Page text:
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Fun and Strange Oregon Coast Facts: When More Sand Can Mean Less

Published 05/09/2012

Fun and Strange Oregon Coast Facts: When More Sand Can Mean Less

(Oregon Coast) – The interesting thing about the beaches of the Oregon coast is that they never look the same from day to day. In fact, they can change fairly drastically in a matter of hours, depending on what the tide is doing. To call this a dynamic environment would be an understatement (Above: The D River in Lincoln City was changed by big sands).

One of the more fascinating ways things can change is through sand levels. During the winter, they typically go down, sometimes way down, as winter storms scour sand and the levels drop. Then, incredible things are sometimes revealed. Weird structures hidden beneath the sand show up, like 2,000-year-old tree stumps, or even older. Or wild treasures, like nearly 200-year-old cannon, an old mail truck from around the '30s, parts of a 100-year-old shipwreck, and more.

Arch Cape

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During the summer, however, sand levels go up, as calmer conditions typically bring more sand in. Like the summer 2011, which wound up among the most remarkable on record, where sand levels got so high that it created a barrier to the tide – and suddenly much of the Oregon coast looked like one big extreme low tide event.

It was a classic example of when more brings less – in this case more sand meant lesser tide intrusion.

The landscape was changed in all sorts of funky ways. Like in Lincoln City, really high sand levels altered the route of the D River on its way out to sea.

Arch Cape

In many cases, as at Arch Cape near Cannon Beach, all of a sudden tides were continually so low you could easily walk around the point that's normally covered in swirling, angry waves and get to a clandestine beach where an arch made of basalt sits – the one that got Arch Cape its name.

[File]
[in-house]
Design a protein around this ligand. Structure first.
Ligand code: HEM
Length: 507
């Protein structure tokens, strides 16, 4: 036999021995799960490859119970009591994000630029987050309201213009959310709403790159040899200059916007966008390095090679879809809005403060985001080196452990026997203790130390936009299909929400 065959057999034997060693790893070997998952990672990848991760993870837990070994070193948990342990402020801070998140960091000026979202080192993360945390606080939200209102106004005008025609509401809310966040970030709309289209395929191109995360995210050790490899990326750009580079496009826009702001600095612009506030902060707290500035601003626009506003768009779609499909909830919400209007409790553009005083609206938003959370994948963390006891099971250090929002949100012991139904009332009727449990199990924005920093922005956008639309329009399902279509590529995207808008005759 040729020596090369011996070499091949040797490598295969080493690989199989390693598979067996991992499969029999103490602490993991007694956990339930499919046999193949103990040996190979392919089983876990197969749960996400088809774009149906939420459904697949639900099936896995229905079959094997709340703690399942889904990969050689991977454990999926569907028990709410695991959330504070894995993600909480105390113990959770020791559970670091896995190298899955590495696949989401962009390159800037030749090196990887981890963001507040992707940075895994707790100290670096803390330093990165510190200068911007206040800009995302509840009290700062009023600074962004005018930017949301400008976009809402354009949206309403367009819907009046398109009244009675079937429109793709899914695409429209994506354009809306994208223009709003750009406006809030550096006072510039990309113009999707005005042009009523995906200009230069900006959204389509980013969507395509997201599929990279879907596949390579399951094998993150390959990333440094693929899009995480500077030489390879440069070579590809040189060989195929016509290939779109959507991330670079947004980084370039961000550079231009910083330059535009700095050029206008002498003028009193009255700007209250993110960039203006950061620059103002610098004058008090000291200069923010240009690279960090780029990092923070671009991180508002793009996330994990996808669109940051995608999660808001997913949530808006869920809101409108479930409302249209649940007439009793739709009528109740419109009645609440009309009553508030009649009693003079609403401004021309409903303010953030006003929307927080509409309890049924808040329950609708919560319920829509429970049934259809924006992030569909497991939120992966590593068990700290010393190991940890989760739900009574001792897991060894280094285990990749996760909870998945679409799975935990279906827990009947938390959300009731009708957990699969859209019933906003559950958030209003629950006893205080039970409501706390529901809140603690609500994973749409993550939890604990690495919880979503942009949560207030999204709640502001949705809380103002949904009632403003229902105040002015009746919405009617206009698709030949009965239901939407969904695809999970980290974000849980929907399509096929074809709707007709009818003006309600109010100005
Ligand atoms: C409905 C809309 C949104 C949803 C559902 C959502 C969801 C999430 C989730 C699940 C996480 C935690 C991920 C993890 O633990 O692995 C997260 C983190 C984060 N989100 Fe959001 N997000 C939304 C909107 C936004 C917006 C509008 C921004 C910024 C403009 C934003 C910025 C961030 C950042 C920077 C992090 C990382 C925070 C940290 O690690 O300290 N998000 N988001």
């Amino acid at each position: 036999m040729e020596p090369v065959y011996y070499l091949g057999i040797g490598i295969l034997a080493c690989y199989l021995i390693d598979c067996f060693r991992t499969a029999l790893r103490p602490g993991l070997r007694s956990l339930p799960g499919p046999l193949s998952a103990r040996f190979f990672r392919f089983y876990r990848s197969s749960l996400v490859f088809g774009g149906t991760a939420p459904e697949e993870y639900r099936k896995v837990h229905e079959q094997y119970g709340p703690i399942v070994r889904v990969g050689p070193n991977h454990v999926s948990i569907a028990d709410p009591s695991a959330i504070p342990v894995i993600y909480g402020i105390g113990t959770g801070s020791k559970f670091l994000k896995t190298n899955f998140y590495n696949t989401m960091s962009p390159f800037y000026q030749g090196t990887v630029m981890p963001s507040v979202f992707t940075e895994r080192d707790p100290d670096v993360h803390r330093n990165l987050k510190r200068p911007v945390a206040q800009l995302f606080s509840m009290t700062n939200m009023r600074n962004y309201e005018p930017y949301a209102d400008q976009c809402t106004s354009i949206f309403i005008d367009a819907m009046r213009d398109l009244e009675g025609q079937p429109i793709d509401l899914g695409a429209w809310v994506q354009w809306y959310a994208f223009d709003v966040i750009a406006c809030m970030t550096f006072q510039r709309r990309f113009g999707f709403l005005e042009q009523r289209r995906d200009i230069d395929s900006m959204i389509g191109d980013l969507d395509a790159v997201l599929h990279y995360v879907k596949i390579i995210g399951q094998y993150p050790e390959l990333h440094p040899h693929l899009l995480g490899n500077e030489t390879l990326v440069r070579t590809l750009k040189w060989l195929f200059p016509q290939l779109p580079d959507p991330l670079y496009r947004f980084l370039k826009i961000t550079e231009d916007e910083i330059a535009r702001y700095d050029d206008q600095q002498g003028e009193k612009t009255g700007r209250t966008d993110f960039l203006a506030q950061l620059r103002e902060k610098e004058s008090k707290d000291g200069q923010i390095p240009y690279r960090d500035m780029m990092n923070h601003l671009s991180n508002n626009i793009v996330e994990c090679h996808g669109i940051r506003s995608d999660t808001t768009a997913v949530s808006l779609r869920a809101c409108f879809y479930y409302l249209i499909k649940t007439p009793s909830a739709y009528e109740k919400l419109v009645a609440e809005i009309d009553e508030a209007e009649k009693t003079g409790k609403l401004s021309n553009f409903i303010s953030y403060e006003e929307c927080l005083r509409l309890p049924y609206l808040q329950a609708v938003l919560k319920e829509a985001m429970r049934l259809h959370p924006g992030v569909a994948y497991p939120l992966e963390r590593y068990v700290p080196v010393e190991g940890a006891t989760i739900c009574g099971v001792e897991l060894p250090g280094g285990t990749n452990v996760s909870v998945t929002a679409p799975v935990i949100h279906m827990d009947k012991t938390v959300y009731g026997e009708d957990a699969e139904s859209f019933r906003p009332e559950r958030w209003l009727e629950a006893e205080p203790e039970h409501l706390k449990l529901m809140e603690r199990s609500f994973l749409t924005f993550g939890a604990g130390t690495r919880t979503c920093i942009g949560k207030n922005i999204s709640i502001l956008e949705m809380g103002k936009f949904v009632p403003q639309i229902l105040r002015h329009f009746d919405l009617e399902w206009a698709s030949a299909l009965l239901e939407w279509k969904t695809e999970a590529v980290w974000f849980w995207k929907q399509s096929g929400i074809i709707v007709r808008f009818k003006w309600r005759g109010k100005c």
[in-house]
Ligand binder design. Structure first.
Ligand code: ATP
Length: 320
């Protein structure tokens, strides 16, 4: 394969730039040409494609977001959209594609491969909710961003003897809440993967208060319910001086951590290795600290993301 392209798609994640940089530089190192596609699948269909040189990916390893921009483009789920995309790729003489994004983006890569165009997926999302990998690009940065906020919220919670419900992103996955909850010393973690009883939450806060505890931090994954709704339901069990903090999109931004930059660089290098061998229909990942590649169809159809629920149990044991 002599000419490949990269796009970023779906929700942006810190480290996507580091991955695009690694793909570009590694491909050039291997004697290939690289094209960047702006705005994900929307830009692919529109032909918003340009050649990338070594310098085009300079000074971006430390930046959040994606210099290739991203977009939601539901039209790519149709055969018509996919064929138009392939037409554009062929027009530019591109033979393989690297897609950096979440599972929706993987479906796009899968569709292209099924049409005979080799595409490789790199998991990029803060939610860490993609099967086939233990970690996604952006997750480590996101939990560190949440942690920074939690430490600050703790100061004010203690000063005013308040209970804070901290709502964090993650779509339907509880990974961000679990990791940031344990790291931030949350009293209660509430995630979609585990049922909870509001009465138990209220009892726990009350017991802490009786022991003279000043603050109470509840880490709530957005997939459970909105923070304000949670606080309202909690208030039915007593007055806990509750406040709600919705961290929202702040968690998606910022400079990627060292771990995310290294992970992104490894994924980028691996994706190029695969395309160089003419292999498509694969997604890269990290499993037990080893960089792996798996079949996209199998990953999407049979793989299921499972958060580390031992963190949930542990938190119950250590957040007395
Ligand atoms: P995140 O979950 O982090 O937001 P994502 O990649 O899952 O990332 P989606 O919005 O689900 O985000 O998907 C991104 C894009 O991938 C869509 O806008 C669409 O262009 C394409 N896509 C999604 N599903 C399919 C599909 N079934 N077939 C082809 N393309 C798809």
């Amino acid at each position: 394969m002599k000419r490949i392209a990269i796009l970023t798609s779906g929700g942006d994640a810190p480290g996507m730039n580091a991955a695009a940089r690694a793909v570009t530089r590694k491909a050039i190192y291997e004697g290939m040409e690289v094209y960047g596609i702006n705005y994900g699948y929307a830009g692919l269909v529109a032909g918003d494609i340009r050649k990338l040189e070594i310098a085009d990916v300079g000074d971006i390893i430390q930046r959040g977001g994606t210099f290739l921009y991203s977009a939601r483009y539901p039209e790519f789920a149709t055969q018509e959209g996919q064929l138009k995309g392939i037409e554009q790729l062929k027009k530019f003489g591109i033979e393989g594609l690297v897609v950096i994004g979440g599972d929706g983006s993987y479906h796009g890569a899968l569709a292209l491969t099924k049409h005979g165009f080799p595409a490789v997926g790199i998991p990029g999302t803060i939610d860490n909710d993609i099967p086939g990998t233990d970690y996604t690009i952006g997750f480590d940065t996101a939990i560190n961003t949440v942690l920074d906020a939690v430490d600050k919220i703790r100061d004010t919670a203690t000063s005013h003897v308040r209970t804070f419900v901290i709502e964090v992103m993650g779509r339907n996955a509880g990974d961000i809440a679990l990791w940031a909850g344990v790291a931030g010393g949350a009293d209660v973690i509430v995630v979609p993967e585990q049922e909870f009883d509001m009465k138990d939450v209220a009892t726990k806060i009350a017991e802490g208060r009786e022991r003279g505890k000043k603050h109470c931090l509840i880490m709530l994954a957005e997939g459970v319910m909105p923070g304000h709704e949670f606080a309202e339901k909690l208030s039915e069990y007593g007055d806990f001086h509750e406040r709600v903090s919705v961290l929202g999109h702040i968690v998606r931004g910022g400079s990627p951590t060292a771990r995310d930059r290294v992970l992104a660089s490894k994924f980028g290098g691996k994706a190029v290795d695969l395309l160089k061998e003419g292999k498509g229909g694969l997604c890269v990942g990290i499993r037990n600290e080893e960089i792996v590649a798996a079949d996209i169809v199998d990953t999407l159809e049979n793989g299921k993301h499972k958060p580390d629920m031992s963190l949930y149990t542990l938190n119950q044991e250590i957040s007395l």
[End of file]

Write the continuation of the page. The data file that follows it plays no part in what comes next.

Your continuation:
Sandbar-like conditions at Arcadia Beach in 2011

A good example of how and why this was happening was the scene just south of Cannon Beach at Arcadia State Park. Here, you could actually see a sand bar – a rise in the sand a ways before the tideline. This kind of piling up of sand was happening all over the Oregon coast, just a ways into the waterline, causing a constant sandbar that kept the tides at bay. But even more importantly, sand levels across the coast had risen so much that the land was literally higher, keeping the water further back.


Another stunning example of this was the Devil's Punchbowl near Depoe Bay, where these sand levels made it look like sand levels were incredibly low. Because the ocean was being kept so far back, a huge expanse of bedrock was suddenly wide open and explorable. This is the kind of scene that usually happens when the sand gets so low that bedrock is exposed.


But the big giveaway here was the massive carpet of tide pool life that covered these rocks – only possible if the ocean covered it most of the time. If it was simply sand that was brushed away the bedrock would've been clear and clean of any sea life.


Also striking was this sandbar situation Beachside State Park, between Waldport and Yachats. It created a strange duel tide line: the waves came in at one point, but you could wade through this water to another rise in sand, where the actual breakers were coming in, about 50 feet down. Where to stay for this - Where to eat - Map and Virtual Tour

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